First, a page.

How to forage for and make drinks from wild plants, with Bompas & Parr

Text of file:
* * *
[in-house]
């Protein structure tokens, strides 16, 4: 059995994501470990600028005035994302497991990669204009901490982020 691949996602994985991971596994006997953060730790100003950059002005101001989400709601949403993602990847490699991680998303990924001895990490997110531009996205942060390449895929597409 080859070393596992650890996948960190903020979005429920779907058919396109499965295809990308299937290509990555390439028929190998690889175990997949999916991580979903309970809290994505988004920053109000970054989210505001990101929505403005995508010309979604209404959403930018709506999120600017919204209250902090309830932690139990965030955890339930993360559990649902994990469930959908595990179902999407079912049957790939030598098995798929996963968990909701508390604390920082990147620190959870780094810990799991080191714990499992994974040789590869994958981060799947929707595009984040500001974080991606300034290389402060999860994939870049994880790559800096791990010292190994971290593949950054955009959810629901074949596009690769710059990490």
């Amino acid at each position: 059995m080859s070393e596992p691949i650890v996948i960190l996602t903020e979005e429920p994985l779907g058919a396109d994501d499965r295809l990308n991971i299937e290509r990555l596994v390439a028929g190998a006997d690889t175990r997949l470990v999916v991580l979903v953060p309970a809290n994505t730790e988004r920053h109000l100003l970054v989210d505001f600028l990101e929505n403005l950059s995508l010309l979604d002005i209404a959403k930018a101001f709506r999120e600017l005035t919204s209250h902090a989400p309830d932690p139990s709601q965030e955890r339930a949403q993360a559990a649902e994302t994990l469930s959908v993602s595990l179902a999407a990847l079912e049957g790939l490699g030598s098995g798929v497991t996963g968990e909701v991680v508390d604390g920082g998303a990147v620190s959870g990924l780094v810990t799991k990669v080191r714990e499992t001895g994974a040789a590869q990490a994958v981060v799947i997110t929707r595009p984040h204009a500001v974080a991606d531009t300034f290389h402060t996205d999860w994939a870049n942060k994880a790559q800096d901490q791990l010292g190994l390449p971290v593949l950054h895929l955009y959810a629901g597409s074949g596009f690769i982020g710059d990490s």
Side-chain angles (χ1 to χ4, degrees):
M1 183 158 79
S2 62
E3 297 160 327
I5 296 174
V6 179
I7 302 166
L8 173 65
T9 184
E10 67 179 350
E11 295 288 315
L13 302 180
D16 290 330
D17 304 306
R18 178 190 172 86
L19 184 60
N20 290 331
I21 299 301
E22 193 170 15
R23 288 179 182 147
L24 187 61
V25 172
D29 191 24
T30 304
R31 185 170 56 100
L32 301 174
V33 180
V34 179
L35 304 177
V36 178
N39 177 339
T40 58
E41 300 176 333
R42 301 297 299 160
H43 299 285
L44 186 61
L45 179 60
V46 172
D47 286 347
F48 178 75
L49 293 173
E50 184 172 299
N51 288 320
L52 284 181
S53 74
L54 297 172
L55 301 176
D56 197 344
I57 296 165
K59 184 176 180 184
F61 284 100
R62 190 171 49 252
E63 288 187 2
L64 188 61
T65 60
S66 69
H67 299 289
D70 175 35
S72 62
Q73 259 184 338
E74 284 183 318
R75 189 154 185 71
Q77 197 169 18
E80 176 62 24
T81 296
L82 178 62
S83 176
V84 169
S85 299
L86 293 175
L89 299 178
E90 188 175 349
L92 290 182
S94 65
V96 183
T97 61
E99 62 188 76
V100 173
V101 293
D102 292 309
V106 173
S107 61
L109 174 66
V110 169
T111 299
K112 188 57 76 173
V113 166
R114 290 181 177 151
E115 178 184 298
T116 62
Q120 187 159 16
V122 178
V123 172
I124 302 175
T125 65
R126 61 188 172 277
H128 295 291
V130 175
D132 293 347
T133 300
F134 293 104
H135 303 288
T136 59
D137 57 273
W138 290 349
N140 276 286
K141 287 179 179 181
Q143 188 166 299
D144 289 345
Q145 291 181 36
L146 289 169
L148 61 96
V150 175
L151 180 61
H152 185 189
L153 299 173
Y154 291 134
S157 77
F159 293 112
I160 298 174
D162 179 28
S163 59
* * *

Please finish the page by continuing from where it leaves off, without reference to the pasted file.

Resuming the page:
Hi, I’m Danny, I’m the head chef Bompas & Parr Today we’re gonna be taking a walk about, green spaces and parks, flooding some hedgerow berries and foraged plants to bring home and make some incredible drinks. Ok, so lets head out and do a bit of foraging, and when we get back, we’re going to use some basic equipment that you will have in your kitchen. And some simple ingredients from your pantry, to make some cordials and brew some teas, from whatever we can find. We here at a wetlands in North London, and at this time of the year, late summer, we’ll be looking for berries, edible plants and wildflowers. So we’re going to take a walk around the different parts of the wetlands and see what we can find. Berries can usually be found along hedgerows and on bushes. And edible plants grow in shadowy patches and along paths. Here we have a patch of young nettles that we found in the woodlands, when cutting them always wear gloves because they have a nasty sting. Young nettles are better than old ones but make sure you leave a few leaves on the stalk to encourage new growth. Elderbushes both produce elderflowers in early summer and then elderberries in late summer. So when you’ve picked your elderflowers in early summer, and made yourself some lovely elderflower cordial, those flowers that aren’t picked and get pollinated, turned into elderberries. So you can come back at the end of summer, take some to make some elderberry jam out elderberry cordial. When cutting of elderberries always use scissors snip off the bunches and made sure that you leave some behind, so the wildlife have a food source. Blackberries can be found in hedgerows both near water and land. There are very a hardy plant and grow pretty much anywhere in the UK and most parts of Europe. In late summer, the berries start to ripen and you can tell the ones to pick by their deep purple colour. As well as berries and edible plants, you’ll also find an abundance of wildflowers, lots of which are edible, such as this one, the thistle. Now we’ve got a really good selection of berries, plants, and flowers. Let’s head back to the kitchen and make some drinks. So we’ve just been for a walk around the local wetlands. We found some elderberries, some nettles, some wildflowers, and some blackberries. From these we’re going to make some cordials and we’re going to make some nettle tea and then we’re going to use those to make the final drinks. We’re going to start off by washing our nettles before we make a cordial or make a tea from them. I will put some gloves on to stop myself from getting stung. And then we’re going to take them and submerge them in some clean water, cold water, and then drain them off. So once you have given them a good rinse, drain off the excess and I can see in the bowl that we’ve got fewer bits of debris. Drain them off into a colander over a bowl and repeat. Okay, so we’ve got about three handfuls of nettles here, we will take one of those handfuls, put them into this heat proof jug. And then we’re going to pour over about 500ml of water boiled water. Now, we’re going to leave that to infuse and brew, I can already smell a lovely nettle aroma coming up so we’re going to just set that aside to completely cool. Now, we’re going to make the nettle cordial, we do this by adding 250g of caster sugar to a pan and add 250ml of water, bring that to the boil to dissolve the sugar. And then we are going to add the remaining nettles into the hot sugar syrup and leave it to cool completely. So now we’re going to wash the elderberries. So just take a handful and submerge into the cold water, give them a little agitate, drain them off, place in the colander and just repeat until they are all done. Now we need to get the berries off the stems. So, just take a cluster and just gently tease them off with your fingers and any ones that aren’t quite right if you are gentle enough, will stay on the stems but if they do go it doesn’t really matter that much. And just repeat this until you’ve got all the berries off. So now we’ve got the berries off the stems, we’re just going to look at the bowl and remove any really big bits of stem that found it’s way in there. If there are any kind of little bits of stem in which there will be, don’t worry too much because you’re going to strain out the final product. any they won’t affect the flavour that much. So now we’re going to make the elderberry cordial, this is exactly the same process in the nettle cordial so all you need to do is take 250ml of water, add it to a pan, add 250g of sugar, put that on the heat and bring it to a boil. And now we’re going to add the elderberries, and then let it cool completely. So while the sugar syrup is on the heat We’re going to follow exactly the same process, but with the blackberries. So now the nettle tea is cooled completely, we’re going to strain it off. You could do that by using either a fine sieve or a nut milk or jelly bag. Simply pass it through, and then with the back of the spoon give it a little squidge get all that lovely nettle-ness out. And also just so you know, they now no longer sting you. Now the elder berries and sugar syrup should have cooled completely, we’re going to strain it off. So again, you can do this with a fine sieve or a jelly bag or a nut milk bag, its a really good idea at this point to give a little squeeze. Just to get a really nice, vivid colour. But you don’t want to push it so hard that you start pushing the pulp through the sieve. And if you’re doing this in the nut milk or jelly bag just kind of give it a little twist. So now we’ve strained our elderberry syrup we’ve got our elderberry cordial All you’ve got to do now is follow the same process with the nettles and the blackberries. So now that we have strained off all our cordials we can bottle them, so pour it into a sterilised bottle. As long as your bottle is sterilised, it will keep in the fridge for up to a month. So the first drink we’re going to make is going to be our nettle iced tea. So, we need a highball glass, and I am going to fill that with ice. And then, I am going to take a shaking tin, add some ice, and add some of your nettle tea. A good old splash, and give it a good old shake, and then strain it into the serving glass and then we’re going to add 50ml of the nettle cordial. Give that a little stir And then we’re going to add a lemon twist. Just get those essential oils, squeeze that over the glass and put it in. A mint sprig, give it a slap to release those aromas. And then we’re going to finish it with a little fellow stinging plant, which is a thistle. add a straw and serve. So now we’re going to make the blackberry bramble. First of all, fill your glass with ice, then add your soda water. Fill your glass to about an inch and a half from a top. Then we’re going to add 15ml of apple cider vinegar. 50ml of the blackberry cordial, give it a gentle stir so that we don’t knock up too many bubbles Then it’s a couple of blackberries. on top of the glass, followed by wildflowers, add a straw and serve. So this one is called an elderberry, beetroot cooler, so fill your glass with ice. add 50ml of the elderberry cordial, add 50ml of beetroot juice. Top that with soda, and again, gentle stir so that we don’t knockout the bubbles. And then we’re going to add an orange slice, and a sprig of mint. Give it a slap to release the aroma, add the straw and serve. If you want to turn any of these drinks, cocktails, a measure of gin or vodka would work perfectly with any of these drinks. Thanks for coming along to make these foraged feral beverages with me. And I really hope you enjoy making the products at home, we’ve gone on a really big journey today, we went out into the wild and picked our own produce we brought it into the kitchen and we’ve made our products and a range of cordials and a tea, and then with those, we made our final drinks. So those products that we’ve made are very versatile and you can use it in a million different ways. When you do go foraging just pick and take what you need. It’s a food source to local wildlife in the area. So what we foraged today is local to us here in London. If you’d like to find out what’s local to you, and what would be good at certain times of the year. There are plenty of resources online that will also give you lots of guidance on how to forage safely.